Rev Don

Births Don On the 11th August, at Dunedin, the wife of Rev. A. Don, Chinese missionary, of a daughter. Otago Daily Times , Issue 9835, 5 September 1893, Page 5 Don On Sunday fifth May at Chinese Mission Manse, Walker street, Dunedin Rutherford Cumloi Don. Otago Daily Times , Issue 11728, 9 May 1900, Page 7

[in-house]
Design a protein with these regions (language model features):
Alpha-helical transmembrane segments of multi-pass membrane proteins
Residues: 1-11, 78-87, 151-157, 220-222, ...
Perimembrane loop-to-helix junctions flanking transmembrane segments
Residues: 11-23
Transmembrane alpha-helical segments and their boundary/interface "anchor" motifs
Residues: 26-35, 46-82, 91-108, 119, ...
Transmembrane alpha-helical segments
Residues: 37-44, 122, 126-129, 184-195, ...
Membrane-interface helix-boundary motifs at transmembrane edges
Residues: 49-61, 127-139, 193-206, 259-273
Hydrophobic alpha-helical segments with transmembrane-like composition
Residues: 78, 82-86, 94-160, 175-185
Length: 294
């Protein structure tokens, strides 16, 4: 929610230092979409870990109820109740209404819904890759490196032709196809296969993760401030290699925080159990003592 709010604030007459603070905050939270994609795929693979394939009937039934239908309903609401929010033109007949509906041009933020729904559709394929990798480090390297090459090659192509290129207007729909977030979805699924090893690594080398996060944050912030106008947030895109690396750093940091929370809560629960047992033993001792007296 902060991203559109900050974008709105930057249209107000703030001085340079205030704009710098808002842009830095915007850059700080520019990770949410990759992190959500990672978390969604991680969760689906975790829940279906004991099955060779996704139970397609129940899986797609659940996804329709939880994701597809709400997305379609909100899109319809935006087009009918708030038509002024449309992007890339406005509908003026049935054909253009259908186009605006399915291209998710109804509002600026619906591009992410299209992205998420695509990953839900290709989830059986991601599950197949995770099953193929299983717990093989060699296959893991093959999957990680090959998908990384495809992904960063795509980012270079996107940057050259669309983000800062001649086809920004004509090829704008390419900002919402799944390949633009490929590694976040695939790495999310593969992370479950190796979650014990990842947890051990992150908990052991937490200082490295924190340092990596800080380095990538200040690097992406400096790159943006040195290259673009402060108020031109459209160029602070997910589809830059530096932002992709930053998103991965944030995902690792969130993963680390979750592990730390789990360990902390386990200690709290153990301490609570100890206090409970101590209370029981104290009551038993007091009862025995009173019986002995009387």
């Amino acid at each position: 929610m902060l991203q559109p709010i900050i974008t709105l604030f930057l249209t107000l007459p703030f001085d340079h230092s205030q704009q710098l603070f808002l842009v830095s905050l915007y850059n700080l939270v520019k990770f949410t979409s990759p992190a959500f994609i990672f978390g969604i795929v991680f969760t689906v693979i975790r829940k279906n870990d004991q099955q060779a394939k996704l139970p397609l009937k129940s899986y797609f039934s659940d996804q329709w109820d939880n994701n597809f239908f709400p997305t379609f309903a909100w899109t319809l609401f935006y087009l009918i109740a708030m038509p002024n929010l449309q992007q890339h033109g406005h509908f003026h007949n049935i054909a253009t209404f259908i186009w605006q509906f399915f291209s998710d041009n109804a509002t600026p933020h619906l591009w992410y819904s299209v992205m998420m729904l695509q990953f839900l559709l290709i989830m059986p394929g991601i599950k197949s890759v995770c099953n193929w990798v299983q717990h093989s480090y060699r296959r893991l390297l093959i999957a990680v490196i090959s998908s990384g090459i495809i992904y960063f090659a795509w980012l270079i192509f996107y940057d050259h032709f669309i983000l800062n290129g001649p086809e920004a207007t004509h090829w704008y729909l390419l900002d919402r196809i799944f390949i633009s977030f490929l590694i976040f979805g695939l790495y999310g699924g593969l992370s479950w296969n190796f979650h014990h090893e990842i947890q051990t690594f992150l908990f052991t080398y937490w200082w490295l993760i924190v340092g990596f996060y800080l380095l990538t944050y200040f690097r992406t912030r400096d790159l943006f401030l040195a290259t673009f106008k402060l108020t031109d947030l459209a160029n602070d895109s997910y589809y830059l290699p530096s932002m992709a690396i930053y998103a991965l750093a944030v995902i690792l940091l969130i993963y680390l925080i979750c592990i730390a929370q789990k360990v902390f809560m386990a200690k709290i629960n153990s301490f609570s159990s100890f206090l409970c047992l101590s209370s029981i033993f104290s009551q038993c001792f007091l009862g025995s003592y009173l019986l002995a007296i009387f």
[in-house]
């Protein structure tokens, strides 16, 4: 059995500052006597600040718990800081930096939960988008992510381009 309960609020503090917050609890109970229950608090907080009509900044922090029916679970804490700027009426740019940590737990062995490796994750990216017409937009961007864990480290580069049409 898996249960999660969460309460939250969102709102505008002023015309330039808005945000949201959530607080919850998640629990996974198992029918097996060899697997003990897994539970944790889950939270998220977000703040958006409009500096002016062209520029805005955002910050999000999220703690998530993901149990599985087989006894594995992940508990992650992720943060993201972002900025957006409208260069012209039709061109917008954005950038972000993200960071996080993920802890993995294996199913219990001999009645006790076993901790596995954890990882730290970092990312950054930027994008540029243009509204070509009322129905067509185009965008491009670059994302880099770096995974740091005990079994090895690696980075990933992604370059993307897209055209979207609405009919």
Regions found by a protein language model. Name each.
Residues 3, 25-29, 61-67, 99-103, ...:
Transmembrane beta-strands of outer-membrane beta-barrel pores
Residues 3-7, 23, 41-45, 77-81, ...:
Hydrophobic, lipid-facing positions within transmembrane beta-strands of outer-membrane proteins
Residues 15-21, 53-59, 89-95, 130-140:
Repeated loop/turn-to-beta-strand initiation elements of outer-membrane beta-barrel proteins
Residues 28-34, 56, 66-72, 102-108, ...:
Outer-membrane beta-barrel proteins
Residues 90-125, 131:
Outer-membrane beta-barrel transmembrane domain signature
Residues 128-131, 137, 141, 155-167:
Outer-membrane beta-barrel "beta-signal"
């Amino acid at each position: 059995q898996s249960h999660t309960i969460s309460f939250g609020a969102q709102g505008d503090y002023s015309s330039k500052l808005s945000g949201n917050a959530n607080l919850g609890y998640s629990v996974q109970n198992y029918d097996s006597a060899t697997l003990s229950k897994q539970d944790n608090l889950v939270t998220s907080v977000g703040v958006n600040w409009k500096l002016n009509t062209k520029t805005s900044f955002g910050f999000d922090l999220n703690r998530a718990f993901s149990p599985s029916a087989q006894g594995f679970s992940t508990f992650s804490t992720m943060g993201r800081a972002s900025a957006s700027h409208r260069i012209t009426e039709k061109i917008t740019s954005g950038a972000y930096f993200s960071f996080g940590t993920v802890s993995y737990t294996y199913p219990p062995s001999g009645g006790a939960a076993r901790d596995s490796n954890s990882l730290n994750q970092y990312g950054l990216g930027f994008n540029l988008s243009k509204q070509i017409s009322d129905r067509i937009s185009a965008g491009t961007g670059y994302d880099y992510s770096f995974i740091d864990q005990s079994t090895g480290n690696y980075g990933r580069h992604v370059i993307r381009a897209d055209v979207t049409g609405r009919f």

Sunday, January 13, 2013

A Place to Stand